Every day at noon a boat leaves Le Havre for New York while another boat leaves New York for Le Havre. The ocean crossing takes seven days. How many boats will each boat cross during their journey?

In the game of Noughts and Crosses there are 8 distinct winning lines. How many distinct winning lines are there in a game played on a 3 by 3 by 3 board, with 27 cells?

Is it possible to remove ten unit cubes from a 3 by 3 by 3 cube made from 27 unit cubes so that the surface area of the remaining solid is the same as the surface area of the original 3 by 3 by 3. . . .

Can you mentally fit the 7 SOMA pieces together to make a cube? Can you do it in more than one way?

Can you use small coloured cubes to make a 3 by 3 by 3 cube so that each face of the bigger cube contains one of each colour?

A circular plate rolls in contact with the sides of a rectangular tray. How much of its circumference comes into contact with the sides of the tray when it rolls around one circuit?

On a clock the three hands - the second, minute and hour hands - are on the same axis. How often in a 24 hour day will the second hand be parallel to either of the two other hands?

There are 27 small cubes in a 3 x 3 x 3 cube, 54 faces being visible at any one time. Is it possible to reorganise these cubes so that by dipping the large cube into a pot of paint three times you. . . .

Choose a couple of the sequences. Try to picture how to make the next, and the next, and the next... Can you describe your reasoning?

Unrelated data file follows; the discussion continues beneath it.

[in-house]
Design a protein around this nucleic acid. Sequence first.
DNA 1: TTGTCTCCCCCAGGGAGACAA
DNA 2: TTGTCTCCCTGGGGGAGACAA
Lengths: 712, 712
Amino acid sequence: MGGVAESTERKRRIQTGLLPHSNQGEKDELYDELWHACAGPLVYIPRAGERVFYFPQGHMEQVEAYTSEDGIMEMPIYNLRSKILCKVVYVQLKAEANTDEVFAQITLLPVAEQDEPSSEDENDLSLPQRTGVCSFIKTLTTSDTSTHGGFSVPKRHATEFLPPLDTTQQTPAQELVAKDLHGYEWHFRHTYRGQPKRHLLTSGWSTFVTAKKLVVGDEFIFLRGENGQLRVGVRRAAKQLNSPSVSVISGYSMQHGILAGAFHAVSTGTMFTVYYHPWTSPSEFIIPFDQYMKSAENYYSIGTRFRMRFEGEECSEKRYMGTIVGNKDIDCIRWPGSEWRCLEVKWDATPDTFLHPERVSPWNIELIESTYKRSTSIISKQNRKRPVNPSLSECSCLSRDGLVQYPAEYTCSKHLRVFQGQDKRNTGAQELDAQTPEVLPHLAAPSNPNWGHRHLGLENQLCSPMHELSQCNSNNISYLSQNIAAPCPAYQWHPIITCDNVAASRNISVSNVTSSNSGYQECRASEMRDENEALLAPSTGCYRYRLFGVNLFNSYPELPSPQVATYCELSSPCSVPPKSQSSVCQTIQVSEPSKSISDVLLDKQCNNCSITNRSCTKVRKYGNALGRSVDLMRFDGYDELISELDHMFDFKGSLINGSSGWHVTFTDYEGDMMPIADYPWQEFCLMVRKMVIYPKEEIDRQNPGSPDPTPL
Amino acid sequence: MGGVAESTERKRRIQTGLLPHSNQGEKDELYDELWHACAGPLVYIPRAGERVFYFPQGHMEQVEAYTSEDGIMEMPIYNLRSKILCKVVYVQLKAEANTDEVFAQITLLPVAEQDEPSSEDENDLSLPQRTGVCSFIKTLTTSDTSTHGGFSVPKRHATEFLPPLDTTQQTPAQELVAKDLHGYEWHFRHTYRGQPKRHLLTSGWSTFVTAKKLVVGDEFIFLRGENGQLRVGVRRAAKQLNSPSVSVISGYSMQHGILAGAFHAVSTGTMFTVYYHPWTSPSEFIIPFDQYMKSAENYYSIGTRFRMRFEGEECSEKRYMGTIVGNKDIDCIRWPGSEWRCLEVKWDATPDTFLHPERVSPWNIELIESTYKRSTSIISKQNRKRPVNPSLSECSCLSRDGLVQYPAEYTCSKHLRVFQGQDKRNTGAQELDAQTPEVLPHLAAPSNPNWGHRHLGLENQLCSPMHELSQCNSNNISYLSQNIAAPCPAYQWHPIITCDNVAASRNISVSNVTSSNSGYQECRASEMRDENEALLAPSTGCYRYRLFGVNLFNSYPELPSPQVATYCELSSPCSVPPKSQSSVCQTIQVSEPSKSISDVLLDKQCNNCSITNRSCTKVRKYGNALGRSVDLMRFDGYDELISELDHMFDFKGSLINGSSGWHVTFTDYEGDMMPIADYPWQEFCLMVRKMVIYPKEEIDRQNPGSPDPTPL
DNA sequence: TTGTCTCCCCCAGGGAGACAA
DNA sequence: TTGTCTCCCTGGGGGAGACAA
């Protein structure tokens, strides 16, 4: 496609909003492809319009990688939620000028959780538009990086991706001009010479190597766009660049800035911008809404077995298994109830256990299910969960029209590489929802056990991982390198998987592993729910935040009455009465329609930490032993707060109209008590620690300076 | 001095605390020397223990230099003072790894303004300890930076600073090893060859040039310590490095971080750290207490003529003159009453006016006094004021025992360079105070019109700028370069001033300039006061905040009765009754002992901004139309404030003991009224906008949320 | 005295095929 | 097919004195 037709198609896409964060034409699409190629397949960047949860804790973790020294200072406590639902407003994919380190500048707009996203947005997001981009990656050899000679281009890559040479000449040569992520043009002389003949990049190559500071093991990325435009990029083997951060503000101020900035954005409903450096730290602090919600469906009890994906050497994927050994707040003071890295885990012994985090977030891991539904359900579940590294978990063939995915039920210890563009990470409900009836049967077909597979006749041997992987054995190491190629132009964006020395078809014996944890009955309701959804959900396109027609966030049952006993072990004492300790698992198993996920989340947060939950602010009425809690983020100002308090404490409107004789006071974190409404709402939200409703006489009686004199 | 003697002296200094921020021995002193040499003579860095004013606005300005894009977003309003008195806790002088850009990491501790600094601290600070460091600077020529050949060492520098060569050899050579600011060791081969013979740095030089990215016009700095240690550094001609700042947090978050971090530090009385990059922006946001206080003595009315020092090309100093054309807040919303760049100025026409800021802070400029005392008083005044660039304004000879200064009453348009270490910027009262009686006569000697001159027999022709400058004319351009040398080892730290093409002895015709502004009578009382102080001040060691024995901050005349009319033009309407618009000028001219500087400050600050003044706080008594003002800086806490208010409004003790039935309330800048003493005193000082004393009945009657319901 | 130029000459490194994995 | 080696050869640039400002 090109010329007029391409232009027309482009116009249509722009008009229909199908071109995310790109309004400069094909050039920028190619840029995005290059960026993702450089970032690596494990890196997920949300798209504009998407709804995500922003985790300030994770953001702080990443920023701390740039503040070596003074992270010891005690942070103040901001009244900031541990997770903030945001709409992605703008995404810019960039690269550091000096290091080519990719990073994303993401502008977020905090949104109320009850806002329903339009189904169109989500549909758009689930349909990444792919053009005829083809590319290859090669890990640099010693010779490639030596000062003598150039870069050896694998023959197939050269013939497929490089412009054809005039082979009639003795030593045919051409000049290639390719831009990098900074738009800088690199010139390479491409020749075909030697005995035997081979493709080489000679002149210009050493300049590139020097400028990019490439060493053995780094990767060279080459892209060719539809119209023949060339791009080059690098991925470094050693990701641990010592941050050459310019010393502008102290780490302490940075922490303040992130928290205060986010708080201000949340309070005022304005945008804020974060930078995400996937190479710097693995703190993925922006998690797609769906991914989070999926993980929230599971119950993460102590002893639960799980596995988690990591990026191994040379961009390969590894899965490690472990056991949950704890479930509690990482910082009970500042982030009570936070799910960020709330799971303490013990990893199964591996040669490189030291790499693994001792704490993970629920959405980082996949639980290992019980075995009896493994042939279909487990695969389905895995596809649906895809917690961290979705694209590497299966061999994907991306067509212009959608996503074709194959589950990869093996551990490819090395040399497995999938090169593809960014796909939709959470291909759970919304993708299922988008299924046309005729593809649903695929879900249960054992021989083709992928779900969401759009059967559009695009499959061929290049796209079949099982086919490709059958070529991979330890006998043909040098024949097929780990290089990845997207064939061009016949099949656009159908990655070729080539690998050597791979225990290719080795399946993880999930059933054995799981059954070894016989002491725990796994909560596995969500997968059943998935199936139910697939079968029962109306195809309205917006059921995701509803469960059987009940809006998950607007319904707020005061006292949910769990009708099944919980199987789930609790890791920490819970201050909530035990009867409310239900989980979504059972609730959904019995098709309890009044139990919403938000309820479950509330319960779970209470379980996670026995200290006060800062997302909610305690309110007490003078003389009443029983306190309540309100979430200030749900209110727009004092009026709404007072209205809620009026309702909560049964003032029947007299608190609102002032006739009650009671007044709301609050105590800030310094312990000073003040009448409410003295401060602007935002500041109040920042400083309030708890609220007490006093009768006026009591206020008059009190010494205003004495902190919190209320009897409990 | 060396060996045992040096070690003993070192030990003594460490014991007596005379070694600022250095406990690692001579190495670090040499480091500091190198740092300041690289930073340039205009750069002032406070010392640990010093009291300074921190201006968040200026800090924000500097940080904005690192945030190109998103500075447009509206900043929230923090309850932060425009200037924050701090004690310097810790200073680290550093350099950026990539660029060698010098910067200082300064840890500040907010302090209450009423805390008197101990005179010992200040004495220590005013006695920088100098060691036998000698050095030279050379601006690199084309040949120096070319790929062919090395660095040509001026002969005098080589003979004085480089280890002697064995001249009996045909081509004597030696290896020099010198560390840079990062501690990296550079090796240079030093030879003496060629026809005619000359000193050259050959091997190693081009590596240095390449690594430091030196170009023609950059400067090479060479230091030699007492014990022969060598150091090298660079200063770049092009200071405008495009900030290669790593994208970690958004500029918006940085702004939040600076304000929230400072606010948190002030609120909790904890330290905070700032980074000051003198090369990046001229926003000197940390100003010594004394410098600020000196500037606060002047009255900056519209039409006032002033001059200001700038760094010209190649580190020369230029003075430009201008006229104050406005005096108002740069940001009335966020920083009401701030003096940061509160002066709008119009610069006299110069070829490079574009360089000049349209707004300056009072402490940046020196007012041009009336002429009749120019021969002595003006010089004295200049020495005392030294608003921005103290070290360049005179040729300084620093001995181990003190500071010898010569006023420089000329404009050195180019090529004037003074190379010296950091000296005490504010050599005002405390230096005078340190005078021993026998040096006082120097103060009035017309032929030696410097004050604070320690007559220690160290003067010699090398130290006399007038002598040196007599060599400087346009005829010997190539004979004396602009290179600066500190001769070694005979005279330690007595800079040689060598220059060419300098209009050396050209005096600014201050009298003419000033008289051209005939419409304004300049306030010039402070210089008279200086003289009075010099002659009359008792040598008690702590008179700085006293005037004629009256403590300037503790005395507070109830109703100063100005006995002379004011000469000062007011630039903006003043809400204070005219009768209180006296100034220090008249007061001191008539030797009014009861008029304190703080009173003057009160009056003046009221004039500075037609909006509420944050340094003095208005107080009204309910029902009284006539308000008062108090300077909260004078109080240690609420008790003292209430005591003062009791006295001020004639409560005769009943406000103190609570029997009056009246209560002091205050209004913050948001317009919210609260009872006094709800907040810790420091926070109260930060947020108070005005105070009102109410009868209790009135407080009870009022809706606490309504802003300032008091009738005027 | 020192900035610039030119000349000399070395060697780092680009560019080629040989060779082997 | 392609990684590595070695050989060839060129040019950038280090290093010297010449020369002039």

This article for teachers discusses examples of problems in which there is no obvious method but in which children can be encouraged to think deeply about the context and extend their ability to. . . .

Square numbers can be represented as the sum of consecutive odd numbers. What is the sum of 1 + 3 + ..... + 149 + 151 + 153?

If you move the tiles around, can you make squares with different coloured edges?

Triangle numbers can be represented by a triangular array of squares. What do you notice about the sum of identical triangle numbers?

Place a red counter in the top left corner of a 4x4 array, which is covered by 14 other smaller counters, leaving a gap in the bottom right hand corner (HOME). What is the smallest number of moves. . . .

The diagram shows a very heavy kitchen cabinet. It cannot be lifted but it can be pivoted around a corner. The task is to move it, without sliding, in a series of turns about the corners so that it. . . .

Slide the pieces to move Khun Phaen past all the guards into the position on the right from which he can escape to freedom.

This is a simple version of an ancient game played all over the world. It is also called Mancala. What tactics will increase your chances of winning?

Players take it in turns to choose a dot on the grid. The winner is the first to have four dots that can be joined to form a square.

The aim of the game is to slide the green square from the top right hand corner to the bottom left hand corner in the least number of moves.

An irregular tetrahedron has two opposite sides the same length a and the line joining their midpoints is perpendicular to these two edges and is of length b. What is the volume of the tetrahedron?

Two angles ABC and PQR are floating in a box so that AB//PQ and BC//QR. Prove that the two angles are equal.

This is an interactive net of a Rubik's cube. Twists of the 3D cube become mixes of the squares on the 2D net. Have a play and see how many scrambles you can undo!

The triangle ABC is equilateral. The arc AB has centre C, the arc BC has centre A and the arc CA has centre B. Explain how and why this shape can roll along between two parallel tracks.